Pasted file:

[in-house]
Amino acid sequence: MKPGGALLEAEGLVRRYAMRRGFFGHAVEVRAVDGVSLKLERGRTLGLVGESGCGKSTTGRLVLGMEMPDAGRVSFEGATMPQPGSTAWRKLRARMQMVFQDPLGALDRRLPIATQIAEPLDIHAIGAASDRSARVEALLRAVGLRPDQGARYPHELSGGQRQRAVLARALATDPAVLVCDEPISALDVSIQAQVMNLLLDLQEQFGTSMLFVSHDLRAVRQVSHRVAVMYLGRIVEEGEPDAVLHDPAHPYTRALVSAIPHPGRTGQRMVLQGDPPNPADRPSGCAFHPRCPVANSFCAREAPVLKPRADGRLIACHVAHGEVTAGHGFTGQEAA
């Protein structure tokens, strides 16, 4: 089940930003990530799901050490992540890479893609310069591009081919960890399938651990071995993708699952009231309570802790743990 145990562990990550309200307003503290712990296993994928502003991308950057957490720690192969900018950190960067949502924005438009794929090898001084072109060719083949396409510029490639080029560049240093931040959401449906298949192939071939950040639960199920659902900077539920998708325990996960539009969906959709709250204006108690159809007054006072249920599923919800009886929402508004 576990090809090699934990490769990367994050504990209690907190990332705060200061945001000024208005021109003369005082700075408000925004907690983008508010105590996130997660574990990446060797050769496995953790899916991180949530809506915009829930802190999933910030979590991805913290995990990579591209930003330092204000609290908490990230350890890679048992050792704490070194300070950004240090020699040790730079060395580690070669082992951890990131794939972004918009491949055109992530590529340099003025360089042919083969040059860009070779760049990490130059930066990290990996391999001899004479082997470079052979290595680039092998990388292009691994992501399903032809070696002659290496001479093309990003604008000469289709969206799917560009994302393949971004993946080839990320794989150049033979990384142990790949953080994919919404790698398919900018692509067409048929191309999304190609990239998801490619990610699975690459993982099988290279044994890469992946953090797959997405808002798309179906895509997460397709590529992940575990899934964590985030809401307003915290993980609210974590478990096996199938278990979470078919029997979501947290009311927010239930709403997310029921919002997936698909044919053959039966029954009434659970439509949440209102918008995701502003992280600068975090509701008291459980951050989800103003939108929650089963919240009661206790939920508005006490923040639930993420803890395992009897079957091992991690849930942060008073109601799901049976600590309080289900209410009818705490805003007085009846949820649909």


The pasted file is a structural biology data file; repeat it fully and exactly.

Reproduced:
[in-house]
Amino acid sequence: MKPGGALLEAEGLVRRYAMRRGFFGHAVEVRAVDGVSLKLERGRTLGLVGESGCGKSTTGRLVLGMEMPDAGRVSFEGATMPQPGSTAWRKLRARMQMVFQDPLGALDRRLPIATQIAEPLDIHAIGAASDRSARVEALLRAVGLRPDQGARYPHELSGGQRQRAVLARALATDPAVLVCDEPISALDVSIQAQVMNLLLDLQEQFGTSMLFVSHDLRAVRQVSHRVAVMYLGRIVEEGEPDAVLHDPAHPYTRALVSAIPHPGRTGQRMVLQGDPPNPADRPSGCAFHPRCPVANSFCAREAPVLKPRADGRLIACHVAHGEVTAGHGFTGQEAA
């Protein structure tokens, strides 16, 4: 089940930003990530799901050490992540890479893609310069591009081919960890399938651990071995993708699952009231309570802790743990 145990562990990550309200307003503290712990296993994928502003991308950057957490720690192969900018950190960067949502924005438009794929090898001084072109060719083949396409510029490639080029560049240093931040959401449906298949192939071939950040639960199920659902900077539920998708325990996960539009969906959709709250204006108690159809007054006072249920599923919800009886929402508004 576990090809090699934990490769990367994050504990209690907190990332705060200061945001000024208005021109003369005082700075408000925004907690983008508010105590996130997660574990990446060797050769496995953790899916991180949530809506915009829930802190999933910030979590991805913290995990990579591209930003330092204000609290908490990230350890890679048992050792704490070194300070950004240090020699040790730079060395580690070669082992951890990131794939972004918009491949055109992530590529340099003025360089042919083969040059860009070779760049990490130059930066990290990996391999001899004479082997470079052979290595680039092998990388292009691994992501399903032809070696002659290496001479093309990003604008000469289709969206799917560009994302393949971004993946080839990320794989150049033979990384142990790949953080994919919404790698398919900018692509067409048929191309999304190609990239998801490619990610699975690459993982099988290279044994890469992946953090797959997405808002798309179906895509997460397709590529992940575990899934964590985030809401307003915290993980609210974590478990096996199938278990979470078919029997979501947290009311927010239930709403997310029921919002997936698909044919053959039966029954009434659970439509949440209102918008995701502003992280600068975090509701008291459980951050989800103003939108929650089963919240009661206790939920508005006490923040639930993420803890395992009897079957091992991690849930942060008073109601799901049976600590309080289900209410009818705490805003007085009846949820649909």